Pulp played as a last minute replacement for Hole.
"Yes, we are Pulp, and we sound like this..."
"I'm sorry if you were expecting me to have blonde hair and be wearing a short dress, because Hole aren't playing this evening. And I think..." [Heckle shouted by someone in audience.] "Maybe Kurt Cobain is tidying his room and Courtney is trying to stop him taking drugs while he does it." [More heckles.] "It's a hard life being in a band, innit? It's really, really hard, it's really difficult. And that's why you have to turn to drugs, 'cos there's such a lot of pressure, it's terrible, you know... having to get up at eleven o'clock in the morning."
"Thank you very much." [In response to a comment from someone in the crowd:] "That's it, I'm a poof, I don't care who knows it. Let's all be secure in our own sexual persuasions, hey, it doesn't really matter does it? You know, I'm not bothered, you can be making love to whatever species of animal or person or whatever..." [More hostility.] "You ought to learn to be a human being. This is called Have You Seen Her Lately?"
"This is a song about the first time you had sex, yeah? I don't really believe in songs with messages, but if there is a message it's - it doesn't really matter if it's a mess, or if it isn't exactly what you want it to be, because it's one of those things you have to do a bit to get better at. And I hope to be doing it later this evening... There's not room for it on here."
"Alright, I'm going to play the guitar now. The thing is we're here in this room, but you have to imagine there's lots of people listening outside, maybe in a bath, maybe driving home in a car. And so you can all say whatever you want and whatever you said now will get beamed out. So what do you want to say to the people who are at home? Come on, say something uplifting..." [Discordant shouting.] "That's uplifting is it..."
"Alright, thank you very much. We're going to play the last song we're going to play for this evening now. But before we do that, I'd just like to ask you whether you've enjoyed yourselves..." [Enthusiastic cheers.] "'cos there's no point in coming out in the evening unless you enjoy yourself, yeah? And I hope you've met some people, who you're going to have conversations with later on, 'cos it should be a social education... an occasion even, it's not a seminar, you know? 'Cos we're in it together you know... yeah? It's not us and them, it's us, you know what I mean? So, His 'n' Hers..."
[During the 'she asked me what made me frightened' bit:] "... you know what I'm frightened of? I'm frightened of Depeche Mode... I'm frightened of Depeche Mode because I can't understand how four bankers from Basildon became so popular..."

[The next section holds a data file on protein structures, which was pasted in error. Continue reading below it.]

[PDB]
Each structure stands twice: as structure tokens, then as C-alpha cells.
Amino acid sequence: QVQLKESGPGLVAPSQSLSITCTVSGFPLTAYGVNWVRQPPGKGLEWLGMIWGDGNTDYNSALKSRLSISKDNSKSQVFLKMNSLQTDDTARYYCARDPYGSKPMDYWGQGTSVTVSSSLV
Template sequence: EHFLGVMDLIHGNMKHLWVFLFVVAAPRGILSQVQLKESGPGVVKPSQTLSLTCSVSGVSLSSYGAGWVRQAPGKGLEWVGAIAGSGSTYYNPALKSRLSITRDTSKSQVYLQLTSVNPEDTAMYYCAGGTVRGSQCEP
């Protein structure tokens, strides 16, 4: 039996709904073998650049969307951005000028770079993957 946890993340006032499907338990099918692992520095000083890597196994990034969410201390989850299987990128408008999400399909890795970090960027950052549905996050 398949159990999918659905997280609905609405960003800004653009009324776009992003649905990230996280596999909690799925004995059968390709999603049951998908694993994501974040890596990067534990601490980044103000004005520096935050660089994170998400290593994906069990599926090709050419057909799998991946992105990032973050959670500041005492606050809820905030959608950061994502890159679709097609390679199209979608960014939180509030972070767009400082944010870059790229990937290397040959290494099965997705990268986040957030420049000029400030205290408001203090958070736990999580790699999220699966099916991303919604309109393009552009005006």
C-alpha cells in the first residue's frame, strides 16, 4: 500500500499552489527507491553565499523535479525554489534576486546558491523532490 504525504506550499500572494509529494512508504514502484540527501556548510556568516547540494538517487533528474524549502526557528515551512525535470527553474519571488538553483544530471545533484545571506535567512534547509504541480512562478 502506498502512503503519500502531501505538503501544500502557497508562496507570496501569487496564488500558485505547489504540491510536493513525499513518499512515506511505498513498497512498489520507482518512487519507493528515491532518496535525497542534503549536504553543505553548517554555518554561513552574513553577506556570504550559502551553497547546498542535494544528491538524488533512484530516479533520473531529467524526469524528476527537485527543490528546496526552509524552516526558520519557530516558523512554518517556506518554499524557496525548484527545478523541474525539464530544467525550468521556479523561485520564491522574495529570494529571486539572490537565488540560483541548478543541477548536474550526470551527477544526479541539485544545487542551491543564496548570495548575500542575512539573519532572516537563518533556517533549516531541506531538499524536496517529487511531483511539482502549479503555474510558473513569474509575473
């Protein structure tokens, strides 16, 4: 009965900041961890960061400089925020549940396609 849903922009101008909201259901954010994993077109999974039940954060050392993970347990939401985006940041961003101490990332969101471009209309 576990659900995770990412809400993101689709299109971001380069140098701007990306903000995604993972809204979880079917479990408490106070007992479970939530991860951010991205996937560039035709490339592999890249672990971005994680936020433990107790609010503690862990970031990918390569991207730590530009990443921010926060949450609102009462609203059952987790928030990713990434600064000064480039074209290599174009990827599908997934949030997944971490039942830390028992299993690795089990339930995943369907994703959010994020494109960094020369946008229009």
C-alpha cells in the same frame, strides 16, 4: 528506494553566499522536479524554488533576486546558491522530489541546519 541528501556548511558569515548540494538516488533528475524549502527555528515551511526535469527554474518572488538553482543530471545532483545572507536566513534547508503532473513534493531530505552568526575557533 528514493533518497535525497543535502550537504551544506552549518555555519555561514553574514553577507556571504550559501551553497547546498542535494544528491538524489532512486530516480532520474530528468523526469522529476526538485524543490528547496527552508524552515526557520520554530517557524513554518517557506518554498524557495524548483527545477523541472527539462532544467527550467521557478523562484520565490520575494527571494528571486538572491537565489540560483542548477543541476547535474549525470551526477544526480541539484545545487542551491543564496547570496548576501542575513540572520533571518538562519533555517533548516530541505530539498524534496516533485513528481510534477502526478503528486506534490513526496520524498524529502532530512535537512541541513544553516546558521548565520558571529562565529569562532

"That's it, good night, thank you very much, you've been very, very kind, we love you."
BBC Radio 1 - Sound City '94
"Go on, say something uplifting," goads Pulp's Jarvis Cocker, in the hope that the frisky mob will exploit the risk element of live radio with a barrage of obscene utterances. Mustering all his imaginative faculties, a lad in front of the stage bellows "Chaaar-la-taaaaaans!".
Fortunately, The Charlatans have more enterprise than their fans, and they need it to follow a turn as supersonic as Pulp (who are filling the hole where Hole would have been). As a footnote for those listening in black and white, Jarvis sports a natty tangerine velour V-neck. Everything else about their set is as delectable as you'd expect.
If Jarvis Cocker becomes more the consummate sardonic MC with every performance, Tim Burgess steals far less scenes than the pouting urchin of yore. [...]
PULP, meanwhile, are crimplene's sheen with the glitter of spittle. They're rather like those mirror-balls in provincial discos that are supposed to look glamorous but in fact just reek of the empty lives of whoever thought a ball with some mirrors on would look glamorous. Tonight, Pulp blaze with all the defeated romanticism that people who know they'll soon be rich and famous can muster.
"Do You Remember The First Time?" is faintly amusing, since I've just noticed that most of the people in the building are either too young or too ugly to have actually had a first time yet. Meanwhile, Jarvis - whose dancing is lifted straight from the Hong Kong Phooey Book Of Kung Fu - mutters incomprehensibly about Depeche Mode and gets shouted at by some hard lads.
Duh. Pulp, eh?
"I'm sorry if you expected me to have blond hair and a short dress," said Pulp's Jarvis Cocker, revealing that he was not Countney Love of Hole. The latter had cancelled her tour to spend time with husband Kurt Cobain, who is recovering from a drug overdose, and Pulp were drafted in on four days' notice. Fortuitously, as it turned out, because they were the hit of the opening night of Sound City, the annual week of gigs, talks and seminars. Now in its third year - the first two were held in Norwich and Sheffield - the event is gaining prestige as a non-London showcase for local and international talent.
Pulp were preceded by Tindersticks, whose violin-tinged melodramas were ill served by a venue with, uniquely, tram tracks running through it. On the other hand, Pulp's trashy seventies aesthetic was created with exactly such a joint in mind. Cocker was a bizarre blend of nerdiness and camp as he gesticulated through glam-pop, teen-lust tunes like Lipgloss. Hopelessly overshadowed by their maestro, the rest of Pulp kept well back, beating at their instruments like the anonymous one in Slade in quintuplicate.
The headlining Charlatans are one of those bands who simply cut it better in a studio than on a stage. [...]